Film Review: OBVIOUS CHILD

Directed by Gillian Robespierre Written by Gillian Robespierre Starring: Jenny Slate, Jake Lacy, Gabby Hoffman, David Cross, Polly Draper, Richard Kind Slate plays a 27 year old stand-up comic in OBVIOUS CHILD who finds herself pregnant after a one-night stand. It is clear from the beginning that the only option she considers for herself is an abortion. But her road to the abortion is a painful one, a difficult journey we rarely see now that the typical movie has the pregnant woman decide to have the child. Slate is not so easy to like—her comedy routines are brutally scatological and honest, much like Louie C.K. But it is harder to hear...

Film Review: COLD IN JULY Jun27

Film Review: COLD IN JULY

Directed by Jim Mickle Written by Nick Damici, based on the novel by Joe R. Lansdale Starring: Michael C Hall, Sam Shepard, Don Johnson, Vinessa Shaw Richard Dane (Hall) runs a picture framing business back in the eighties and his life is inalterably changed one night when he shoots and kills an intruder. The intruder’s father (Shepard), newly paroled, come after Dane and his wife (Shaw) and young son. When Dane and Russel find some incongruities in their story, they join forces to make sense of their situation with the help of an old friend Jim Bob (Johnson) I enjoyed the first forty minutes of this film. It was a tight, tense story...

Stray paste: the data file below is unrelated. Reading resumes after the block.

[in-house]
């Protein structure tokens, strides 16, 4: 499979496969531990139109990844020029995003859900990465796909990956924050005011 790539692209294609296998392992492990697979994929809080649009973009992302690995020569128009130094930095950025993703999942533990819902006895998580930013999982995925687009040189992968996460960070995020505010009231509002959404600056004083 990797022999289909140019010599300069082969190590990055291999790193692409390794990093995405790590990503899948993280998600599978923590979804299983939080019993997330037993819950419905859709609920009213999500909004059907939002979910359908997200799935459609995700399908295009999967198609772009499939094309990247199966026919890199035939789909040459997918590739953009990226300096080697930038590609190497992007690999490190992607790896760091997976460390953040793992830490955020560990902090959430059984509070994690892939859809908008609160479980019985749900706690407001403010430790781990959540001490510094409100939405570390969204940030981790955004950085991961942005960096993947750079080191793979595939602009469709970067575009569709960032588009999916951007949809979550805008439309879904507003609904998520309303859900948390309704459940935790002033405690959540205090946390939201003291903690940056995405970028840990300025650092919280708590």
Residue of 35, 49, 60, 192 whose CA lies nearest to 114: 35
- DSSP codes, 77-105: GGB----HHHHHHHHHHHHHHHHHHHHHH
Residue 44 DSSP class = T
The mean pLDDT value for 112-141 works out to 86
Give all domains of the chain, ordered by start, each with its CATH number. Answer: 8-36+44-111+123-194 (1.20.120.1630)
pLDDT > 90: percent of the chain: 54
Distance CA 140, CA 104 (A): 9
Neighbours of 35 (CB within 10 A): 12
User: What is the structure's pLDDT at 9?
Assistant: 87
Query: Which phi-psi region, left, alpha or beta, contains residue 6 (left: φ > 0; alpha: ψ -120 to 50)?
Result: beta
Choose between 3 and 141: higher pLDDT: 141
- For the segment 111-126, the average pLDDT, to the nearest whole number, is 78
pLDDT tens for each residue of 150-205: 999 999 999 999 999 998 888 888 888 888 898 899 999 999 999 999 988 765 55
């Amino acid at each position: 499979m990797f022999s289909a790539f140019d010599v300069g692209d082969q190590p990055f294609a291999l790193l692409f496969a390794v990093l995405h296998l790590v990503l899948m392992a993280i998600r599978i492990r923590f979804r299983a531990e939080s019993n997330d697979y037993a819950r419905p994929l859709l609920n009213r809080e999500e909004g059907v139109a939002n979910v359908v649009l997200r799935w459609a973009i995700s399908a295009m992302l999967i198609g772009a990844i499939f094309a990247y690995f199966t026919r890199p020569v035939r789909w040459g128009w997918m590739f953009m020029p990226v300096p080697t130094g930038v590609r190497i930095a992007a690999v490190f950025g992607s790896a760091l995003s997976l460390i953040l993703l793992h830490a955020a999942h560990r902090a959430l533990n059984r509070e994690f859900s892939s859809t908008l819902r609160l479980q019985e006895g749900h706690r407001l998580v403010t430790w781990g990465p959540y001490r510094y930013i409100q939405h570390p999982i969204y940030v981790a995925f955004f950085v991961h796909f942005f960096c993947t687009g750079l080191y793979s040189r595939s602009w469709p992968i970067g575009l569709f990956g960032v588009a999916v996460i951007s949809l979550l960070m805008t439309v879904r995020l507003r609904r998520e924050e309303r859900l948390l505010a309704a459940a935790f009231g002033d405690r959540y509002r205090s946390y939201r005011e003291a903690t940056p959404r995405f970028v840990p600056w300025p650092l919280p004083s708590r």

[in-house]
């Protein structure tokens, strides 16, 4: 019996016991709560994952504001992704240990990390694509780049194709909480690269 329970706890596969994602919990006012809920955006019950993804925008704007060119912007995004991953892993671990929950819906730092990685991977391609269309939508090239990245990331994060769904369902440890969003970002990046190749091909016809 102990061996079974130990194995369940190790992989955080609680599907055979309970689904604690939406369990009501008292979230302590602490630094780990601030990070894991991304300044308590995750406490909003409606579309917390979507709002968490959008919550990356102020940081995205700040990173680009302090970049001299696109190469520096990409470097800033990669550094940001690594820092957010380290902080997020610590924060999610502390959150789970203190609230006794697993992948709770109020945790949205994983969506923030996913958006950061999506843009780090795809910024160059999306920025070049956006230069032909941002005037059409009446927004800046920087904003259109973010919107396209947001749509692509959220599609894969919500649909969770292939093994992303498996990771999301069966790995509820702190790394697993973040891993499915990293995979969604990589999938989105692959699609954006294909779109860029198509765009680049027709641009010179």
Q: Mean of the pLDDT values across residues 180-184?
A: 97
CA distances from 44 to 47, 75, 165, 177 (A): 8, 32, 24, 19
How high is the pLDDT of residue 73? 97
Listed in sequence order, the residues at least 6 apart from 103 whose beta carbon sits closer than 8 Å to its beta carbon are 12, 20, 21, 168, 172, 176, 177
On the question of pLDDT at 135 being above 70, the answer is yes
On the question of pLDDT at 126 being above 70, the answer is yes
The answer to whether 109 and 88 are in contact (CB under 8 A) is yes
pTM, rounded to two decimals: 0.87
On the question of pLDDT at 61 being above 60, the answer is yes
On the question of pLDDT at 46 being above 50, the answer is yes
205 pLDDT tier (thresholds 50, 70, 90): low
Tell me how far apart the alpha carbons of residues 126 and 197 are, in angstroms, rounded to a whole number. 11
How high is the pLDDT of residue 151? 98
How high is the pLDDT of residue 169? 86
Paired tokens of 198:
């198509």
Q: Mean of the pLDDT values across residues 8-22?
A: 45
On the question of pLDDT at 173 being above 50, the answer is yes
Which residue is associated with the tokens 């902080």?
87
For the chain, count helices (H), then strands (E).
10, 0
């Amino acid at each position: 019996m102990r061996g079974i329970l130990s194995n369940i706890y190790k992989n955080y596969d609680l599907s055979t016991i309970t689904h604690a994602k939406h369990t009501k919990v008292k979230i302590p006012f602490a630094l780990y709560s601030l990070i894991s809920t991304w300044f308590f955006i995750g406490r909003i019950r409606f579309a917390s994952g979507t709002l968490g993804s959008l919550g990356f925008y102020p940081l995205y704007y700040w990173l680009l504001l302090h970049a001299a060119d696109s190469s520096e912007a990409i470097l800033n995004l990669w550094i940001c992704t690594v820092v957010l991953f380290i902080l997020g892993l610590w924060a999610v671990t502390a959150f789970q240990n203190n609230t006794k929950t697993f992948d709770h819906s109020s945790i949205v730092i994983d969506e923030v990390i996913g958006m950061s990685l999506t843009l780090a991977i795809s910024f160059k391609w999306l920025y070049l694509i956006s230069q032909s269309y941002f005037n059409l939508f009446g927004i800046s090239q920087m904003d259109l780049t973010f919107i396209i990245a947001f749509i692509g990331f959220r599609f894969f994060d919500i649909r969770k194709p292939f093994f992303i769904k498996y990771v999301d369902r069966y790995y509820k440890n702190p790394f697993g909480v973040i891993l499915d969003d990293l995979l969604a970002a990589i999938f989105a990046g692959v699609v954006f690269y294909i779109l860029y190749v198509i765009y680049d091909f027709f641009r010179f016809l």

Film Review: PALO ALTO Jun20

Film Review: PALO ALTO

Palo Alto Directed by Gia Coppola Written by Gia Coppola, based on the short stories by James Franco Starring: Emma Roberts, Jack Kilmer, Nat Wolff, Zoe Levin, James Franco, Val Kilmer Based on Franco’s short stories of the same title, this film often feels like a series of vignettes. But somehow, it works. Perhaps it’s the talented direction of Coppola, perhaps it’s the seriousness with which it treats its disaffected teens, or maybe it’s the lovely cinematography. It starts badly with a scene we have been witness to so many times. The teen party: drugs, drinking, sex, bullying, bragging, all the usual stuff. We have been there both in...

Film Review: EDGE OF TOMORROW Jun13

Film Review: EDGE OF TOMORROW

EDGE OF TOMORROW Directed by Doug Liman Written By, Alex Kurtzman, Christopher McQuarrie, D.W. Harper, Hiroshi Sakurazaka, etc. Starring: Bill Paxton, Emily Blunt, Tom Cruise, Brendan Gleeson Lt. Col. Bill Cage (Tom Cruise) who has never seen a day of combat, is drafted into a suicide mission and bumped down to a private. Killed within minutes, Cage finds himself in a time loop that has him living the same brutal combat over and over, repeatedly fighting, dying and waking up to begin again. But with each battle, Cage gets smarter in how to outthink his alien adversaries with increasing combat skill and intelligence. Special Forces warrior,...

Film Review: THE IMMIGRANT Jun06

Film Review: THE IMMIGRANT

Directed by James Gray Written By Richard Menello and James Gray Starring: Marion Cotillard, Joaquin Phoenix, Jeremy Renner You can read a good review of this movie in almost any publication. But I cannot write one. For me this story of an Polish immigrant (Cotillard) coming to Ellis Island and being rescued (supposedly) by Bruno, an impresario of a sleazy, cheesy strip-show and prostitution ring, is riddled with cliché, tonal problems and inconsistency in character. It feels fake in almost every frame. The movie wants it both ways with almost every character. Ewa is both wily and innocent. Bruno (Phoenix) is a scoundrel, a cheat, a...